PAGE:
Green Thumb


Hard to be excited when you know you won't be included or treated respectfully. I do have to ask, Who says you have to act excited? Is your resentment after such bad treatment by DIL, spurred by something DS said during the phone call? Or are you just saying that excitement about a new grandbaby is the normal or usual response in our culture but for those of us "out grandma's" - well it hurts. That pain negates the excitement that the "in grandma's" feel. If you feel "you should" be excited, well let that should go by the wayside, leave it under a rock.


Thanks for your comments, ladies.   

Still Learning, I agree that we did a good job as mothers.   Our job was to raise them to be independent and self-sufficient.   We have done that.  Perhaps too well!  ::)   But the worst would be to have a son that couldn't stand on his own two feet, couldn't hold a job, couldn't make it on his own.   So I don't have that to deal with.   And I don't want to be the center of his life.   That would be sick.  I just didn't realize that raising an independent son would cut me out of his life.  Of course his choice of a wife affects that, too.  The DIL can be a bridge or a barrier to the son.  No, it is not the DIL's JOB to be the bridge.   The son is responsible for his own relationships.   But some women are just lucky to have a DIL who is a bridge.  (My own daughter is a bridge for her MIL)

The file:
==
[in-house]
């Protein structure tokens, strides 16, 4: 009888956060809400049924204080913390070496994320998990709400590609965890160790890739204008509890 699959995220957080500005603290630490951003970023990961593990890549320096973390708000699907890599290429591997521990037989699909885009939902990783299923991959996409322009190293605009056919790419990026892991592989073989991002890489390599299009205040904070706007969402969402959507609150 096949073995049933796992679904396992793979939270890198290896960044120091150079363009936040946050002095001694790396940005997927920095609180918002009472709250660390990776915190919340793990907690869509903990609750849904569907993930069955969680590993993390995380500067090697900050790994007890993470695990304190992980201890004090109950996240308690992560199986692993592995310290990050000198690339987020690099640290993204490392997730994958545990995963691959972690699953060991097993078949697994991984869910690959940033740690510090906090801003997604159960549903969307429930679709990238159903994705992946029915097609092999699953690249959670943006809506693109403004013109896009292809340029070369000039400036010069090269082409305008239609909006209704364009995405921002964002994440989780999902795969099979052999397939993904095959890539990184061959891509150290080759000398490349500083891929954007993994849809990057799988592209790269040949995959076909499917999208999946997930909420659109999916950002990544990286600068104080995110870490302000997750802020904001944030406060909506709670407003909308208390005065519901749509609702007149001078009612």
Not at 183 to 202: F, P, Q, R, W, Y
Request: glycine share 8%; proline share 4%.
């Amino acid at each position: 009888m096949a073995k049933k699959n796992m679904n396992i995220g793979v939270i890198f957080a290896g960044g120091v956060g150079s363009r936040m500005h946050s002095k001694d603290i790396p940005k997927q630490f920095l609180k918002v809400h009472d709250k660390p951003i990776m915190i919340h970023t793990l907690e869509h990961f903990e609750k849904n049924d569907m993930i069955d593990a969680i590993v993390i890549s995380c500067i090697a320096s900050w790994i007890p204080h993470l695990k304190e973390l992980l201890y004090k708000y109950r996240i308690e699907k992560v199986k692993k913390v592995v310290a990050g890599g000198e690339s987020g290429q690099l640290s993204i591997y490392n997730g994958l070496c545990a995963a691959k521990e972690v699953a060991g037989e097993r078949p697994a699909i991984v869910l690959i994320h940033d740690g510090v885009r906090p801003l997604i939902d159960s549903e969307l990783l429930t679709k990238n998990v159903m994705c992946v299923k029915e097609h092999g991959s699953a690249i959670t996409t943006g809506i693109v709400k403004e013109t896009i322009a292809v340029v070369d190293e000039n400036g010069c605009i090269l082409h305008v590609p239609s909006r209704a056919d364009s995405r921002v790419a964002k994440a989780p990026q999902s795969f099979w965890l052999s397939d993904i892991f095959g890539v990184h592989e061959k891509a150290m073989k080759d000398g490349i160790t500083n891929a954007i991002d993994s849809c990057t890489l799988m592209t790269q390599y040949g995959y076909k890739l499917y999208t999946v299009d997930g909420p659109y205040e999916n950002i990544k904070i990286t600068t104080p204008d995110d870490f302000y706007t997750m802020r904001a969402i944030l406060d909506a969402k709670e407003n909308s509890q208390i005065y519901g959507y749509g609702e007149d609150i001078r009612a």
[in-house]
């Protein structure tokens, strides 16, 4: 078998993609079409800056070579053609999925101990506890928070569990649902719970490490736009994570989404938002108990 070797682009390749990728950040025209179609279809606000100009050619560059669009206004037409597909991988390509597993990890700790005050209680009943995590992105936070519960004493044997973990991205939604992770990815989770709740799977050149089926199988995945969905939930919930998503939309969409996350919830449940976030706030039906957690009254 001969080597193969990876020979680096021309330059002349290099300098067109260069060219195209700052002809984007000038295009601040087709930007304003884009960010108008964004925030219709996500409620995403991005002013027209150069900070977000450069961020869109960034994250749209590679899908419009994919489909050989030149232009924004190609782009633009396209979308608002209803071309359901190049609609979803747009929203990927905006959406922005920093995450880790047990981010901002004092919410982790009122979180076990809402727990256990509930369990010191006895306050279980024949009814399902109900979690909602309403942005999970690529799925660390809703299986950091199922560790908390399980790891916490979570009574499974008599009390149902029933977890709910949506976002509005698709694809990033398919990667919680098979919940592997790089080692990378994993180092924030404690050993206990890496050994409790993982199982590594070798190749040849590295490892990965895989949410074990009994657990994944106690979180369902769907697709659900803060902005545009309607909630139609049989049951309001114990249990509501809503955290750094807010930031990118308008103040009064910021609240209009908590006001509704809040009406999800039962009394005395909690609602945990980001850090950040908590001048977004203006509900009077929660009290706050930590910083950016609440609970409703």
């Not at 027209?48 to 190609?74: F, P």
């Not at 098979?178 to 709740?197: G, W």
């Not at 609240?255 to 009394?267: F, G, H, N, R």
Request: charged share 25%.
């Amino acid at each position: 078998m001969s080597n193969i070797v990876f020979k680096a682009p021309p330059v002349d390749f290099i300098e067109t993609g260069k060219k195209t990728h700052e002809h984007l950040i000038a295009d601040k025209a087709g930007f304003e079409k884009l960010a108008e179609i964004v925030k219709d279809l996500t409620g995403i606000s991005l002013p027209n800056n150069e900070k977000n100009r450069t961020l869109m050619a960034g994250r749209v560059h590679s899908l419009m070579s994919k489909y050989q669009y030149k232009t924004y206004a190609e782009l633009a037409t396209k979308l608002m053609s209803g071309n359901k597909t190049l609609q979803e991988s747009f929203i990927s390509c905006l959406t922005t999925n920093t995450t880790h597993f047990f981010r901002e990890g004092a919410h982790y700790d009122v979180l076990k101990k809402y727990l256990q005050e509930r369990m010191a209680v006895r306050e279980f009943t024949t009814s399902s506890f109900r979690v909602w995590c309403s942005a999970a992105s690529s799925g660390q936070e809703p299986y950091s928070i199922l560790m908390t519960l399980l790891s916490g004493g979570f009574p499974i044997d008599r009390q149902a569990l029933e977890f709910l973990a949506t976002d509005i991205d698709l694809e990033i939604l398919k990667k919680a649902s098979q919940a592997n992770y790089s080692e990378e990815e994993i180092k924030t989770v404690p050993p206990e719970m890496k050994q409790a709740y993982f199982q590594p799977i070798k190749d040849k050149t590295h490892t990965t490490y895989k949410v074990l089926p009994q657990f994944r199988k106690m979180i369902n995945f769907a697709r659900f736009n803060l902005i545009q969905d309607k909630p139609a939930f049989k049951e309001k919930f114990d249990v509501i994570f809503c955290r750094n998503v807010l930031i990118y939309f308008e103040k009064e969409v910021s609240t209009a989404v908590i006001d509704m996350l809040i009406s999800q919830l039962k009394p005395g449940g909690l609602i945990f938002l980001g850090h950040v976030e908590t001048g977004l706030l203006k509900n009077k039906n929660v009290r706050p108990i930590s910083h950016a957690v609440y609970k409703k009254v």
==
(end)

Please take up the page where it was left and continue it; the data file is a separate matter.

Green T -- nothing on the phone call triggered resentment.  The resentment was years ago, when DIL made it clear she had no interest in us.  We have gotten so used to the cold shoulder that it triggers no new feelings at all.  Yes, the general culture expects us to be all excited about the grand baby.  I don't resent not being involved with the baby.   What I resent is the expectation that we should be all excited when we have been shoved away.   Adult sons and DILs should be consistent.   Happily include the parents, and then it is reasonable to expect the parents to be excited about becoming grandparents.   Give the parents the cold shoulder, and then don't be surprised that they have little interest in the grandchild. 

Yes, Greenie - I am leaving it under a rock.  I have many items on my bucket list - - and a limited time to get to do them.   ;D